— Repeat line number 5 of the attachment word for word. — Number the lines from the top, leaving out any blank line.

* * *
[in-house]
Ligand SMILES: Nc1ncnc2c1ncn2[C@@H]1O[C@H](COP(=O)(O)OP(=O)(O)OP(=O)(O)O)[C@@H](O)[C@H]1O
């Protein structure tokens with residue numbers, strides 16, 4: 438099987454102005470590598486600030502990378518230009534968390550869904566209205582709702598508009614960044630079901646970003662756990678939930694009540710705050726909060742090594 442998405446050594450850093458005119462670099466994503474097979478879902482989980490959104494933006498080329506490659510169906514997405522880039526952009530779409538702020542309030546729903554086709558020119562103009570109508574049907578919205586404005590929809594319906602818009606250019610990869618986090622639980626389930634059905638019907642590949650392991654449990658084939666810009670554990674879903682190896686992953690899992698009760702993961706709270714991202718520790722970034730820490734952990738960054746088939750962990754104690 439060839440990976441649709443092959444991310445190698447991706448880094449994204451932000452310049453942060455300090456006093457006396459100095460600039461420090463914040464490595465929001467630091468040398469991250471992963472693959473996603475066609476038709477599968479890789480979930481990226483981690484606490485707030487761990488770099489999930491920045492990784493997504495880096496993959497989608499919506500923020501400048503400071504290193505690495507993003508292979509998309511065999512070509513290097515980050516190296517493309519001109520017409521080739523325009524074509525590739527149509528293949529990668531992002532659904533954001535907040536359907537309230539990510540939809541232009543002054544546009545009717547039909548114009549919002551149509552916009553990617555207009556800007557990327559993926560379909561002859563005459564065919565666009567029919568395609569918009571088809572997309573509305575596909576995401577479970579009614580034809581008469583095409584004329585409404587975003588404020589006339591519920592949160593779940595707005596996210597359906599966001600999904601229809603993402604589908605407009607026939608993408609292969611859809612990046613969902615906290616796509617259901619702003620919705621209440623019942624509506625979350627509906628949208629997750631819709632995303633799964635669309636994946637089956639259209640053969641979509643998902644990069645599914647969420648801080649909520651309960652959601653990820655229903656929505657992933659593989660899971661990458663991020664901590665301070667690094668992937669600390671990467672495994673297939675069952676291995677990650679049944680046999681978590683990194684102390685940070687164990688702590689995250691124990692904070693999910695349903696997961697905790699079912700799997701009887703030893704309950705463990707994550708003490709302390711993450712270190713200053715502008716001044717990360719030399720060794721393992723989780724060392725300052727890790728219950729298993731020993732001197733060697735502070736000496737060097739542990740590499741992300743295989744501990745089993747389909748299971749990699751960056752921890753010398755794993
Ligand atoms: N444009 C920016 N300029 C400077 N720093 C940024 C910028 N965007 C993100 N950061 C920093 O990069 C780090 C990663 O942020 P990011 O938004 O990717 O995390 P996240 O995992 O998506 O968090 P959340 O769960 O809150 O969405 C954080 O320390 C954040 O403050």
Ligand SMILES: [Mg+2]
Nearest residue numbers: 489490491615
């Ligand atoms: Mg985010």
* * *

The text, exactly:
Ligand SMILES: [Mg+2]